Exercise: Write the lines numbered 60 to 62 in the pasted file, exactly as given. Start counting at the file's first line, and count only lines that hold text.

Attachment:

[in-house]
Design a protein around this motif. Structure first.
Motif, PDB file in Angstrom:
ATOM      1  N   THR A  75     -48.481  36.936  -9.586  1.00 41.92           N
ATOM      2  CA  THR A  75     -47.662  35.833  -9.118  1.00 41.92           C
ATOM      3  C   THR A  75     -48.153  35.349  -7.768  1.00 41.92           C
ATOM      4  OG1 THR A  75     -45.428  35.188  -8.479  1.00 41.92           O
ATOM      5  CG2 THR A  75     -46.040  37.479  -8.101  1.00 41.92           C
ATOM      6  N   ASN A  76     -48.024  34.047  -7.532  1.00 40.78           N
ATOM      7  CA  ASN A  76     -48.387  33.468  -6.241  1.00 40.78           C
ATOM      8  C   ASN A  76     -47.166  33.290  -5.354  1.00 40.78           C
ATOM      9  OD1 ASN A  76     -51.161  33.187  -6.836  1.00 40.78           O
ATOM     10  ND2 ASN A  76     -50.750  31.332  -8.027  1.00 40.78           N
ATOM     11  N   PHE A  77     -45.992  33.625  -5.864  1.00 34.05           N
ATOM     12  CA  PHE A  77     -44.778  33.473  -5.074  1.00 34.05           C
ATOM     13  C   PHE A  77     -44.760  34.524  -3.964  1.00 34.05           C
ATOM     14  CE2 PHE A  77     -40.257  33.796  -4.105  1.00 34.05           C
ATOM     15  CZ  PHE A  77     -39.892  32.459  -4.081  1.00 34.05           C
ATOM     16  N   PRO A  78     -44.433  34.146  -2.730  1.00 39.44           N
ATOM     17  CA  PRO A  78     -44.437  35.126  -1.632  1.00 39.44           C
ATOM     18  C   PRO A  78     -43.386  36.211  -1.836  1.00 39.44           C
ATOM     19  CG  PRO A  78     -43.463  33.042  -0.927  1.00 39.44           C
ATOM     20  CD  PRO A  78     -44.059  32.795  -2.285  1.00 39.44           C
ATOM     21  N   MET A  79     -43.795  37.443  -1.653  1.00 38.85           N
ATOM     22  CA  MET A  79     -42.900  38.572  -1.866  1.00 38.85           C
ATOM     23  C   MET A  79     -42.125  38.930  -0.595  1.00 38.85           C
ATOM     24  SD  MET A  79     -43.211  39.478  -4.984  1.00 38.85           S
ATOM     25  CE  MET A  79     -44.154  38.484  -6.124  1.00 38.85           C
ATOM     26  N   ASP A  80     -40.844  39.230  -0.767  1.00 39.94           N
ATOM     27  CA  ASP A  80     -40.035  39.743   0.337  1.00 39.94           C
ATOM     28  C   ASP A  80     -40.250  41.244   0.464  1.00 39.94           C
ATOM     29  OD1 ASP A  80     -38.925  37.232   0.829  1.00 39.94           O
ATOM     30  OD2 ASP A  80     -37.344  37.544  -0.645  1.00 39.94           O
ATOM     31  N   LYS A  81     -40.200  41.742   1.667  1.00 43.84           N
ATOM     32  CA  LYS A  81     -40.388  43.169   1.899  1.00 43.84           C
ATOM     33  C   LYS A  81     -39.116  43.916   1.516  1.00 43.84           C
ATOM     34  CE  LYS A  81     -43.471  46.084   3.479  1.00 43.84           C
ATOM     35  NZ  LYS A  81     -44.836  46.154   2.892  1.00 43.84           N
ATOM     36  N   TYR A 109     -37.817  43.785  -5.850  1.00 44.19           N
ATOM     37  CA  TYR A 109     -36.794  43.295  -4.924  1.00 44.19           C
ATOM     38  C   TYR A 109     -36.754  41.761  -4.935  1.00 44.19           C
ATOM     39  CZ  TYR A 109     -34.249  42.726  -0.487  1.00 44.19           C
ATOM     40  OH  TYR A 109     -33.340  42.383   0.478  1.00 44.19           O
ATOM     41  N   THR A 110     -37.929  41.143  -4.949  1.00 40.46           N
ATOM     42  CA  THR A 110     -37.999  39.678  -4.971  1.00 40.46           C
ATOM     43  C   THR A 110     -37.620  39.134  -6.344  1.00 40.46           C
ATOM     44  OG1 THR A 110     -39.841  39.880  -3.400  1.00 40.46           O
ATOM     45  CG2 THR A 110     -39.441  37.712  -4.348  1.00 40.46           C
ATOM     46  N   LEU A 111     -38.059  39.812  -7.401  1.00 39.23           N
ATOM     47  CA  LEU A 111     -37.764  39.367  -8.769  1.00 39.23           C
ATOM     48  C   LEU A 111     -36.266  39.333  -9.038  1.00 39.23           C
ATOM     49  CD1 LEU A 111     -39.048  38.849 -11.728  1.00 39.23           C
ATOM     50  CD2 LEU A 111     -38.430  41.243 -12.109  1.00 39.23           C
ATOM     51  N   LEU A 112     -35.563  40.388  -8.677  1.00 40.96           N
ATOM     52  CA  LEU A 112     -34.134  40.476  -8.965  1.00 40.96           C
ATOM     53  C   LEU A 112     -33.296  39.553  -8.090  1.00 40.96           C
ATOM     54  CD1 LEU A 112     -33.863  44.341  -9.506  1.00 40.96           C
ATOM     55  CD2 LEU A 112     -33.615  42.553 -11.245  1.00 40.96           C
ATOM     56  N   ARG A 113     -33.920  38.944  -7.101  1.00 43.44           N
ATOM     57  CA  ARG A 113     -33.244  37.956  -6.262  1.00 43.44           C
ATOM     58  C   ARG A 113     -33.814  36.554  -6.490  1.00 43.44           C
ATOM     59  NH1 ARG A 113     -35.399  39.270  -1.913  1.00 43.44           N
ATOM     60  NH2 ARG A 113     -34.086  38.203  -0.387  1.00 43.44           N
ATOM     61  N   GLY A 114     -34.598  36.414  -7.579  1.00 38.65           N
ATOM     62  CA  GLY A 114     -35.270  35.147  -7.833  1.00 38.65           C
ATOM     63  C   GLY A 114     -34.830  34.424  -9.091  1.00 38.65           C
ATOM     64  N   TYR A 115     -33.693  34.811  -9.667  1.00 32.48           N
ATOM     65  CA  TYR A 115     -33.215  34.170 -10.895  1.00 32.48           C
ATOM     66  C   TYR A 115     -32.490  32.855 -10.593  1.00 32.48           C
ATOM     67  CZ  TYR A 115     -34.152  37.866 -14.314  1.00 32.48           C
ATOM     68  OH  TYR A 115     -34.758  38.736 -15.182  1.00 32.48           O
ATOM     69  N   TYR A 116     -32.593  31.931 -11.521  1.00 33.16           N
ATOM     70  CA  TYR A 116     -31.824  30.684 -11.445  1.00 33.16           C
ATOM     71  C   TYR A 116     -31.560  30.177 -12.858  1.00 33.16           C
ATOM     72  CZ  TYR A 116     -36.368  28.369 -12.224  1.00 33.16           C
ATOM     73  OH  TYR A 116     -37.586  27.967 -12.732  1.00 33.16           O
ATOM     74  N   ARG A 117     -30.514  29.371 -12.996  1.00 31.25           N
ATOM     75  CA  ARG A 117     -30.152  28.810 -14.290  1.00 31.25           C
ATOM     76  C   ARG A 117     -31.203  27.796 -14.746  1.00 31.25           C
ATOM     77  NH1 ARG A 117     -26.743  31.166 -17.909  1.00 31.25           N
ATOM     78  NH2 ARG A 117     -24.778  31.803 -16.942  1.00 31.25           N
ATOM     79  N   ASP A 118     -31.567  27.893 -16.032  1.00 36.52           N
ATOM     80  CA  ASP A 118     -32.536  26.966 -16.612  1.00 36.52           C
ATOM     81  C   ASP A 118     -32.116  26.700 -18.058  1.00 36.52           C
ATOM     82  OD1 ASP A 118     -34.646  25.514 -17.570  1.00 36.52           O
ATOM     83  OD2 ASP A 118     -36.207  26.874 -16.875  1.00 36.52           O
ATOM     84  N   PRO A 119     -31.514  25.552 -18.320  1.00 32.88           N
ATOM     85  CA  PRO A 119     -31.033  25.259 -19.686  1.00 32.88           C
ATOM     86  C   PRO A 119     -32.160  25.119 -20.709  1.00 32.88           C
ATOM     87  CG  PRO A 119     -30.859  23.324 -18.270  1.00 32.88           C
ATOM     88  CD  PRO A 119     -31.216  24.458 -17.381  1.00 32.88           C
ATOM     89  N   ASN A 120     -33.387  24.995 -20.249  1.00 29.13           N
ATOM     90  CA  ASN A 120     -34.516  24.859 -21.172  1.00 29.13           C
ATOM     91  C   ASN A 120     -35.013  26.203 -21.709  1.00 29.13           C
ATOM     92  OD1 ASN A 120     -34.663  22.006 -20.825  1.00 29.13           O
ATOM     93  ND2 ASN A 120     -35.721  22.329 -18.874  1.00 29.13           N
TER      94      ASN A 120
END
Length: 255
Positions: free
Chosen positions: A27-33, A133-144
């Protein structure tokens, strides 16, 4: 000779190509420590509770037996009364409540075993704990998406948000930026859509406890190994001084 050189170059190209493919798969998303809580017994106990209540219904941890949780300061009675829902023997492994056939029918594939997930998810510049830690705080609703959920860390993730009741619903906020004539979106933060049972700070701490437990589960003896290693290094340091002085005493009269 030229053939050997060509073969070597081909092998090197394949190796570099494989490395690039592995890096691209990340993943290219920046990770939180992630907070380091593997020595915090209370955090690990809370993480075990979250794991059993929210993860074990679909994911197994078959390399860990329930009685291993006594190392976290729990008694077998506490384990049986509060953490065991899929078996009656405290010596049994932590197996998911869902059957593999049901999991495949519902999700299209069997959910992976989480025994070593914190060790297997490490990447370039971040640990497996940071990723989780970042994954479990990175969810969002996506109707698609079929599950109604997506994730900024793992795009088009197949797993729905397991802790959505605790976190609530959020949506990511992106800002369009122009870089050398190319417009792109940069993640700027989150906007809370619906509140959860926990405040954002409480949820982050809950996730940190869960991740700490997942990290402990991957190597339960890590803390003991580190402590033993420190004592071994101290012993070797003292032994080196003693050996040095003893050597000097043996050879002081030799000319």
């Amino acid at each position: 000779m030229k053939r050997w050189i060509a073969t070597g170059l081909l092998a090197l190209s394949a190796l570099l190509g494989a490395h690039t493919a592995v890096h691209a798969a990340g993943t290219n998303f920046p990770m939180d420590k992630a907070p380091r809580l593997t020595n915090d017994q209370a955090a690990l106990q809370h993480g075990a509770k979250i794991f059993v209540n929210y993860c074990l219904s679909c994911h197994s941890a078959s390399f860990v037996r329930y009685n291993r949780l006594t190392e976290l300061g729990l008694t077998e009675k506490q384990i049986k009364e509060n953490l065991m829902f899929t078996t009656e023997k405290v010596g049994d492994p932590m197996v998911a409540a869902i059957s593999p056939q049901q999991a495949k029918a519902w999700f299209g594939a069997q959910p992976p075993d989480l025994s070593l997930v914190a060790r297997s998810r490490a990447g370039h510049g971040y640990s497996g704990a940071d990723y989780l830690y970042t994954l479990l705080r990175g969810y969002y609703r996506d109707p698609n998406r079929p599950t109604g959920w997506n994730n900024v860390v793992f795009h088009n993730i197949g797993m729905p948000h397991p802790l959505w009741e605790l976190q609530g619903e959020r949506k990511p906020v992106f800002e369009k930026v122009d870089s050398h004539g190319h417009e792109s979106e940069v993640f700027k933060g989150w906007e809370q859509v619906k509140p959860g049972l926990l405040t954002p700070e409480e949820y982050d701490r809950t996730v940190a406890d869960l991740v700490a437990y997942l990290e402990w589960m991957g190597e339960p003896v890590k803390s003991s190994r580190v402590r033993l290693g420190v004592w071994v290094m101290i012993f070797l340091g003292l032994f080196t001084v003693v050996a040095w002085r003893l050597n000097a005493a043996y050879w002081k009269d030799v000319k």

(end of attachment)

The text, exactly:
ATOM     57  CA  ARG A 113     -33.244  37.956  -6.262  1.00 43.44           C
ATOM     58  C   ARG A 113     -33.814  36.554  -6.490  1.00 43.44           C
ATOM     59  NH1 ARG A 113     -35.399  39.270  -1.913  1.00 43.44           N